On Saturday, June 11, the Central Kentucky Chapter of the American Institute of Architects (AIA-CKC) will host its annual Home Tour and this year, we’re excited to be presenting media sponsors. The AIA-CKC Home Tour includes eight houses across Louisville, from Crescent Hill to Old Louisville to Norton Commons—you can view a full list here.
Home Tour tickets for all eight houses and an After Party Downtown at the Marketplace on Fourth cost $15 in advance via Eventbrite and $20 at the door of any house on the tour (cash only). Proceeds will benefit Habitat for Humanity. You can also share the Home Tour with your friends on Facebook. At the After Party Broken Sidewalk will be moderating a panel discussion on residential architecture in Louisville.
Leading up to the Home Tour, we’ll be highlighting each of the architects and their houses in exclusive interviews. Designer Bethany Adams thoroughly updated her 1870s brick Italianate home in Old Louisville with a new layout, a modern mix of color and texture, and a strong sense of detail. Before the near-gut renovation, the 2,000-square-foot home, the Adams Residence, 1211 South Sixth Street (map), had been a rental and was in poor condition. Adams quipped that while “a designer’s home is never finished… it’s safe to say the renovation was complete in April of 2016.”
Broken Sidewalk: Why should I come tour the Adams House?
Bethany Adams: This house is unique on the tour in that I’m both the Interior Designer and homeowner. While I always design projects with the homeowners’ particular taste in mind, you’ll get a really good sense of my own personal style and abilities. Potential clients sometimes confuse being an Interior Designer with being an Interior Decorator (understandably so, as decoration is one of the services I offer and many well-intentioned decorators refer to themselves as Interior Designers). In this house, though, you’ll see how I put my education, training, and certification in Interior Design to good use by modifying the floor plan, adding windows and exterior doors, renovating the kitchen and bathrooms, as well as how I decorated it once the dust had settled.
As an Interior Designer, I always try to imagine not just how a home will look at the end, but how it will feel to the homeowner to actually be in the space on a daily basis. There are a million details that take a home from just looking good on paper, to feeling good to be in, and you’ll be able to experience some of those details for yourself when you visit.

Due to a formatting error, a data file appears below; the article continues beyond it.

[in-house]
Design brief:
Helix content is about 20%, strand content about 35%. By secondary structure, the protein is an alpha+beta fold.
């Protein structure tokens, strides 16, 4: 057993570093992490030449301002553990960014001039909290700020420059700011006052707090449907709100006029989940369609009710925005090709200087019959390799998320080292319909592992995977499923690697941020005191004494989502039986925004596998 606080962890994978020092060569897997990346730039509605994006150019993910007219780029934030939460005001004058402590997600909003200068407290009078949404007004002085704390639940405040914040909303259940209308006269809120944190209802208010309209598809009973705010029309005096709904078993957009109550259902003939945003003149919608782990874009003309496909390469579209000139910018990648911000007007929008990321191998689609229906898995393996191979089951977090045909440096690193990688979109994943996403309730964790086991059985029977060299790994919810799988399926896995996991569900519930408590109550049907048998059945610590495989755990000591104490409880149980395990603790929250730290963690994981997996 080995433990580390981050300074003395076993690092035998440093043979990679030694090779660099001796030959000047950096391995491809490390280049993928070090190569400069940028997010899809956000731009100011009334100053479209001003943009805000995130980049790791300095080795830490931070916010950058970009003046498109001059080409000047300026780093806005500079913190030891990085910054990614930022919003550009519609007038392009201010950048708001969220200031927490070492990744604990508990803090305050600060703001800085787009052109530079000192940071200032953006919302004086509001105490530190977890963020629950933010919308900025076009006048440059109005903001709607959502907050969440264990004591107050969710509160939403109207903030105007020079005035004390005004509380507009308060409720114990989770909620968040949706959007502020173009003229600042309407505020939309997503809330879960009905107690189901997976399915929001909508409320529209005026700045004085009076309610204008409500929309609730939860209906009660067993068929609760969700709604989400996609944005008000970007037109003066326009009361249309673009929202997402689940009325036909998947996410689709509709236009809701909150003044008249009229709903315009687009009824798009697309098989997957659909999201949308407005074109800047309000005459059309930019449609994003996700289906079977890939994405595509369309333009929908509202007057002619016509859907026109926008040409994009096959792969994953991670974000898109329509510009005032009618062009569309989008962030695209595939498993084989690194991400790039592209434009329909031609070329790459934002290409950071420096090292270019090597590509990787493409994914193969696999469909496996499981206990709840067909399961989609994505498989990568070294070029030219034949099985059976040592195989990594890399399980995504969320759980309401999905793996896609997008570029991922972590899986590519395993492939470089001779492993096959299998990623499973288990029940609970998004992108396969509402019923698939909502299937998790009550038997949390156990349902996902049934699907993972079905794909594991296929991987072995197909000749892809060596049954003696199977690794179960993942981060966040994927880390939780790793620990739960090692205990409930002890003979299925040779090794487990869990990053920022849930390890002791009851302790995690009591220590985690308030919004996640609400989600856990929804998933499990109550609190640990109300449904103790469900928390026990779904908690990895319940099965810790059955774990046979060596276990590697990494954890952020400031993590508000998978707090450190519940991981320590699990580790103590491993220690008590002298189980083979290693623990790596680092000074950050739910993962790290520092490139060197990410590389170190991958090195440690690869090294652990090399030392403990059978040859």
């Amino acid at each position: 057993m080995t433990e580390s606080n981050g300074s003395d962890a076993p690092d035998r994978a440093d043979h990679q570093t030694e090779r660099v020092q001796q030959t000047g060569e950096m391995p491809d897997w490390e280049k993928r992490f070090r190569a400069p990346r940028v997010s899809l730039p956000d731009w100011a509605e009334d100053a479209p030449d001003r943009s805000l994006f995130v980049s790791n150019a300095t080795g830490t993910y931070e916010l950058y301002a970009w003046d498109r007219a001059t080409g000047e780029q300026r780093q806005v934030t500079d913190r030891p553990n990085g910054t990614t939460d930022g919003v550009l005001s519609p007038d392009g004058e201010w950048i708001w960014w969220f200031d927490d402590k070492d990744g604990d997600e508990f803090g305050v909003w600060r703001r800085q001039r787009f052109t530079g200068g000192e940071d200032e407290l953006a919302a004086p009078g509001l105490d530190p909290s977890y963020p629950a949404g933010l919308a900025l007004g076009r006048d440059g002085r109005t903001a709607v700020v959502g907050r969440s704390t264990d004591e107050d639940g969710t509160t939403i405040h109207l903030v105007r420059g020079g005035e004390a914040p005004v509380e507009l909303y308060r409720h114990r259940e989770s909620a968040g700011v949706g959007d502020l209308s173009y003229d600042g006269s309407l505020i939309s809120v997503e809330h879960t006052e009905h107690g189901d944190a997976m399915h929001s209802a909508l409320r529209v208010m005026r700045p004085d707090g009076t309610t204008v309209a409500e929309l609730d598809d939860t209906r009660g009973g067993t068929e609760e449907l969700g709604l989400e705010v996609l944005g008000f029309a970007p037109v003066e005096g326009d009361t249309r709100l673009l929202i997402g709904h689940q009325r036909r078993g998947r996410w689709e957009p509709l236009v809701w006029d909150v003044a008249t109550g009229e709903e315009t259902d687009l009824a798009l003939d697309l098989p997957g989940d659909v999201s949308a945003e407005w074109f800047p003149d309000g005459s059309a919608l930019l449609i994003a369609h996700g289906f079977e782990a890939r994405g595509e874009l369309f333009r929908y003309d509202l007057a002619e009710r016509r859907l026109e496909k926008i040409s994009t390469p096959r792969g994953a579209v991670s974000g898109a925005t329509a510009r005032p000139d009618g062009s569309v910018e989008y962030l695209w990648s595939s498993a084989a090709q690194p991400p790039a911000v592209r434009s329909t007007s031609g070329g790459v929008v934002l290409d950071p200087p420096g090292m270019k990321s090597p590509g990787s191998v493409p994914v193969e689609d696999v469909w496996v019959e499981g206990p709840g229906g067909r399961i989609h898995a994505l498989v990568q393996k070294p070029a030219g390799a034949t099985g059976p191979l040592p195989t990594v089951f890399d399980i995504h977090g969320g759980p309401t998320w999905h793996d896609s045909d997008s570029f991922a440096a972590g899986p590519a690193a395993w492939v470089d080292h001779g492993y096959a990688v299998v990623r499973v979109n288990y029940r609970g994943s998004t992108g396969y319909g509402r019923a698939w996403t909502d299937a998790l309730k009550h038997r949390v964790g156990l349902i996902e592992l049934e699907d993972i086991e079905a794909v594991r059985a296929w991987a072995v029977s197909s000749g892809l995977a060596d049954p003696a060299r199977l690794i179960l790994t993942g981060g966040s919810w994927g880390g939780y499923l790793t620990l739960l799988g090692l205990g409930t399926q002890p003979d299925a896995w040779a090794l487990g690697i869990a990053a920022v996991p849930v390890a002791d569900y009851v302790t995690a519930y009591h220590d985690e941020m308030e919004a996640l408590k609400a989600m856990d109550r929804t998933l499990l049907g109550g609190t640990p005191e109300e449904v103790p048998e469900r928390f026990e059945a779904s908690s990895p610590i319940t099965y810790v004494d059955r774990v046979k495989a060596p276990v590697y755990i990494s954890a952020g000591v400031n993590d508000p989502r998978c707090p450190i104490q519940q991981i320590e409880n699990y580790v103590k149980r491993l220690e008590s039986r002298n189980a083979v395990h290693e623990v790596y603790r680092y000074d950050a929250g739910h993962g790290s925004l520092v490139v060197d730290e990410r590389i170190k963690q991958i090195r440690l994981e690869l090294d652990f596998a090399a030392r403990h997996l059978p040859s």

Also, you should come because it’s so close to the After Party!
What is the heart of this home?
The heart of the home is definitely the kitchen. One of the changes to the floor plan included adding an additional opening into the kitchen from the living room. I also removed banks of closets from the kitchen and an adjacent mud-room, adding windows in their place, and replaced the fiberglass back door with a salvaged wooden French door. This opened up enough space to create a small dining room, which is perfect for our family of three.
Now in the morning the light streams through the French doors in the dining Room, into the kitchen, and all the way into the living room, making the house feel bright and cheerful and also giving the individual spaces a wonderful sense of connectivity to each other.
What was your strategy for outdoor space or landscape?
A few months into the renovation, my husband decided to track down the owners of the small, seemingly abandoned and dilapidated cottage next door and try to buy it from them. It turns out they were happy to sell and so we purchased it with an eye to expanding our very small outdoor space and moving my design studio next door. Both our house and the cottage had been used as rentals for a very long time and were surrounded by chain link fence and tremendous overgrowth.
Our landscape architect Phil Bevins of Bevins & Co. Landscape Design removed it all then graded both properties to deal with a drainage issue, laid sod, prepped a patio area off the back of the house with gravel and mulched everything else to prevent weeds. Our neighbors who own River City Window Works have built us a beautiful wood fence.